Epic vs. Apple and plans to avoid ‘looking like a buddy’


“You will enjoy Tim Sweeney, CEO of Expos Games, wrote in an email to Microsoft chief of Xbox Phil Spencer, the upcoming fireworks show, “It would be an epic just days before 2020 would be August days. Publicly launched Project Liberty, its master plan to remove it Billion 91 billion Mobile gaming market as we know it. Sweeney wanted to sever Apple and Google’s Iron Grip on mobile app stores and pave the way for more open markets and help Microsoft.

The Liberty of the project is now underway as the first week of Apex Incredible judgment A close comes against Apple. The Snow Crusade against Apple is not entirely David and Goliath, it’s a multi-billion dollar fight between technology companies, above all. And yet, Epic’s strategy to win over friends (corporate partners like Sony, Microsoft and Samsung) and impress people (the general public) seems to be paying off so far.

Thanks to the public for introducing to the court the internal workings of Epic’s long-awaited year-long plan to present itself as the Knight of Gaming in the bright armor. Has the project been laying the foundation of Liberty since Epic 2018? The goal? As mentioned in a 2020 email to chip operating officer Daniel Vogel’s Epic executives: Get people to launch Apple (and Google) “don’t look like our idiots.”

Last August, Epic was launched The first stage: The children are rallying. Epic, which releases hit games Fortnet, Discount V-Box, sell its in-game currency but decided to sell only with Epic’s own direct payment system, including smartphones. The move was forced to persuade Apple, which would require mobile developers to use its payment system and pay up to 30 percent commission. Apic took issue with the 30 percent cut, alleging that Apple was using exclusive power over the ecosystem, and the 30 percent cut exclusive tax that customers paid in the end.

“Our message is about saving value to players,” Vogel wrote in the same email.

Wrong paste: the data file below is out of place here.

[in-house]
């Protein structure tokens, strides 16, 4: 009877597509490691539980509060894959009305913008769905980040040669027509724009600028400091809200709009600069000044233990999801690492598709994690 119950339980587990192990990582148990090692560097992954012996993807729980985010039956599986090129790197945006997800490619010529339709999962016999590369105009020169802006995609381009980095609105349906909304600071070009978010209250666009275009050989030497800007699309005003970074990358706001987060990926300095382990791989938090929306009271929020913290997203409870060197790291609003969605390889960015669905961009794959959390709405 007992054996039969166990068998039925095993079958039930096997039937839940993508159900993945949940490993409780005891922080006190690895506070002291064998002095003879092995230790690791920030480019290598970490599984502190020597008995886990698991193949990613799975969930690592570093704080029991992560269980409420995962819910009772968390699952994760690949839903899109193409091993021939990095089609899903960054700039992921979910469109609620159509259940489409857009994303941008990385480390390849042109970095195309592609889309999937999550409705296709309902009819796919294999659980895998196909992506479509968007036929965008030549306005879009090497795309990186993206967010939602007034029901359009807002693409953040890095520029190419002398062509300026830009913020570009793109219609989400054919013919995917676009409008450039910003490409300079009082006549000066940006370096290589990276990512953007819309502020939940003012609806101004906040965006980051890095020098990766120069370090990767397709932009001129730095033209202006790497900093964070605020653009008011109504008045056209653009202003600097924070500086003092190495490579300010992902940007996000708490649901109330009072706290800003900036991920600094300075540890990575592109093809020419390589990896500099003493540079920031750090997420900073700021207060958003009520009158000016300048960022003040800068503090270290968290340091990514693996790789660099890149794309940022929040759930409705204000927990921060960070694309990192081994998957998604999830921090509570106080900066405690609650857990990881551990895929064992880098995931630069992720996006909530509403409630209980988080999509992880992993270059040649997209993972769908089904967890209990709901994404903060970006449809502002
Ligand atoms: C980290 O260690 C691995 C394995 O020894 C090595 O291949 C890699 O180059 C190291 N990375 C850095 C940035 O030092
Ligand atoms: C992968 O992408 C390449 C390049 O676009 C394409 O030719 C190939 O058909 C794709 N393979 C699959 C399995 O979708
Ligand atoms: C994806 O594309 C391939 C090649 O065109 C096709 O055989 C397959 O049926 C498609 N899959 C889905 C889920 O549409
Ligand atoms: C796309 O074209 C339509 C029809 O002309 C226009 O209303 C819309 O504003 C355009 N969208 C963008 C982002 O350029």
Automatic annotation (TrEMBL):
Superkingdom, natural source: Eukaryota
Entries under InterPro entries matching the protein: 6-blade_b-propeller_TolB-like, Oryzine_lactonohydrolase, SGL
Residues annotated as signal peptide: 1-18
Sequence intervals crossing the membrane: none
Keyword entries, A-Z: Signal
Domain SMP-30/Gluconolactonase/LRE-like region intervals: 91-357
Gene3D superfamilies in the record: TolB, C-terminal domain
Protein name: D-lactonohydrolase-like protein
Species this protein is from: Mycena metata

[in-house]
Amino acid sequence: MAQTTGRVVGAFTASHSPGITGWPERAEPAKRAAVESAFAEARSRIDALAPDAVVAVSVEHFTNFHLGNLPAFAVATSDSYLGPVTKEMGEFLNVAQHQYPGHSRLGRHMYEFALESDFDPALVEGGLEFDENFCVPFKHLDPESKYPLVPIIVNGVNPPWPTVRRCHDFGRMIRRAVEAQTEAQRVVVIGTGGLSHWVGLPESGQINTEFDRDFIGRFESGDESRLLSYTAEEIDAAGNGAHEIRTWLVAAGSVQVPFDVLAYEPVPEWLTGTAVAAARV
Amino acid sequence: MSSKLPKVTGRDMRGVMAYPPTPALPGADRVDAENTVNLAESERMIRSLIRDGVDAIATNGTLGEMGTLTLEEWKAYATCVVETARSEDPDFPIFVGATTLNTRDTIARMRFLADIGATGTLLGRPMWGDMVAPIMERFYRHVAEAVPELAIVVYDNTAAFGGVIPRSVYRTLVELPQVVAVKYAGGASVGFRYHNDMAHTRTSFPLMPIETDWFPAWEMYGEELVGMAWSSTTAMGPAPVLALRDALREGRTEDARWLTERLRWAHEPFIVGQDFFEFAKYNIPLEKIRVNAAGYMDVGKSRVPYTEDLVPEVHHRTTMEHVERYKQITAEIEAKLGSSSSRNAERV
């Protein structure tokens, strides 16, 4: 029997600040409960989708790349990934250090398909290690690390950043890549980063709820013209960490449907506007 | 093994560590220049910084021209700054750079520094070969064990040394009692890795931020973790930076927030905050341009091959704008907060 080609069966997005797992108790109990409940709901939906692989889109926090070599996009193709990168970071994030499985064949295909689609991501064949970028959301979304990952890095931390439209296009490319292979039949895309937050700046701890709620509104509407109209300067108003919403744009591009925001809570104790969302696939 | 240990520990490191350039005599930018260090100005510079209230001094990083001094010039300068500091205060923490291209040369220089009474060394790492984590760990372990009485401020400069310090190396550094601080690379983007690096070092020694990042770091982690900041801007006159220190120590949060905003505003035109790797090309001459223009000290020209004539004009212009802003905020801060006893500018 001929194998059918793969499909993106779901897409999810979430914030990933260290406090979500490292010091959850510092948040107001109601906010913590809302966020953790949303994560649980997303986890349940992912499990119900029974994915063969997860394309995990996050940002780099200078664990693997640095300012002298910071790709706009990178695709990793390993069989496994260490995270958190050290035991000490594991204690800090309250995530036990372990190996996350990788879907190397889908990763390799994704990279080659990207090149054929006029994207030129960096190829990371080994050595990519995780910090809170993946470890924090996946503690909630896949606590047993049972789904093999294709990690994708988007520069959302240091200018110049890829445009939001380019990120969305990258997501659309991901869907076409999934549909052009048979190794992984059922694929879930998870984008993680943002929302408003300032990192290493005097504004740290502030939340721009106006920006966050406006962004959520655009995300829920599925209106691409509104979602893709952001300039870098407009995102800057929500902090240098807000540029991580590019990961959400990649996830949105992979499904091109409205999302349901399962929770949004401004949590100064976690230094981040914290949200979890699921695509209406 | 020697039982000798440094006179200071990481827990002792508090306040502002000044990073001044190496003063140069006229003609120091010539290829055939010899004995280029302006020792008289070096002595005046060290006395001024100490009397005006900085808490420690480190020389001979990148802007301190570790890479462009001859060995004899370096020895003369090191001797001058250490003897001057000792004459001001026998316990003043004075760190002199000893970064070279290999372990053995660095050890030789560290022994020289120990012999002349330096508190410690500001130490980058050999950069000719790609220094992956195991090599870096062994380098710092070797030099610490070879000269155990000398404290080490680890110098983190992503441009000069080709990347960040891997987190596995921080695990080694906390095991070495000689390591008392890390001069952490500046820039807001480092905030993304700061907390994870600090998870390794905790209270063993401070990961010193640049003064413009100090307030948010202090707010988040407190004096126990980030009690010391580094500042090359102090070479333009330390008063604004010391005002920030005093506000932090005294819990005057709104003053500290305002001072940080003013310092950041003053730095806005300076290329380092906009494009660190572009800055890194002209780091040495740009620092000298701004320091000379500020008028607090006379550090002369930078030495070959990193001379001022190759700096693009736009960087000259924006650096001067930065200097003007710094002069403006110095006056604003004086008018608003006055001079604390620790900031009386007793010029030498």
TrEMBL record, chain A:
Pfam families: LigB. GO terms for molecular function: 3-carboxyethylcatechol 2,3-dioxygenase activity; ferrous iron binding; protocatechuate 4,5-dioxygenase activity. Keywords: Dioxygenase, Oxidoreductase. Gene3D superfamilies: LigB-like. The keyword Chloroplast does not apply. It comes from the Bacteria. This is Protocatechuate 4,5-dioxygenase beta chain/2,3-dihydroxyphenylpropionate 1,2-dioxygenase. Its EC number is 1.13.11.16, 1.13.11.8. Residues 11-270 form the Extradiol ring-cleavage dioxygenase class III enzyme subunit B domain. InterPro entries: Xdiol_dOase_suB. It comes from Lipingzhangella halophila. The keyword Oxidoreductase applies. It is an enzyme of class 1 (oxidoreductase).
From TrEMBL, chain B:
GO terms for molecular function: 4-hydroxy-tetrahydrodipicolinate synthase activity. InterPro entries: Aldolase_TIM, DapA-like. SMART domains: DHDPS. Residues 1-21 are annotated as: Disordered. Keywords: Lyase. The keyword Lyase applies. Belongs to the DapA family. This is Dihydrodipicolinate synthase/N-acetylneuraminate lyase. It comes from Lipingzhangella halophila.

Shot fired. The chaser was a clear-cut bit of anti-Apple propaganda with the headline “Nineteen-eighty-fortnightIn July 2020, Epic called Project Liberty Pitch on Epic’s board Fortnet It had 61.2 million monthly active users in May of that year. Presumably, a little army. While many may not be sympathetic to Apple’s argument about App Store commissions, cheap V-boxes were easily assembled in the back. Apple boots Fortnet The kids were crazy from its platform. # FreeFornite Trended.

Shortly after this stunt, Epic Lawsuit filed In contrast to Apple, Apple’s control of the iOS market is alleged to be “unreasonable and illegal,” – “two” of Project Liberty’s “one-to-two” punch. (Epic is suing Google over the same allegations; the date of that test has not yet been set.) For Epic, the thought is simple: Apple controls the iPhone. Apple controls their operating system, mobile iOS. And Apple controls the App Store, the only option for distributing apps and games on mobile iOS. Epic has designed its “fireworks display” to prove that it can’t deliver Fortnet Or sell V-Box on iPhones through anything other than the App Store.

When Epic filed the complaint last August, the epic did not come as a surprise to Sally Hubbard, director of enforcement strategy at the anti-monopoly think tank Open Markets Institute. “I’ve long thought Apple’s store had exclusive power,” he says. U.S. law defines monopolies by price control and the ability to exclude competition “So while Apple will unilaterally set a 30 percent commission,” he said, “this is direct evidence of monopoly power, because that’s the power to control prices.” It’s not about whether Apple is providing better customer service, he said; Their customers are not going to switch to Android or Xbox or PlayStation to avoid App Store prices.

In the test, Apple argues that Epic has breached its contract in an attempt to make more money, and that Apple deserves 30 percent of its commission because of the development and cruising of the app store. However, Apple’s practices face increasing scrutiny around the world. Late last month, the European Union filed a no-confidence motion against Apple. 2019 complaint from Spotify.



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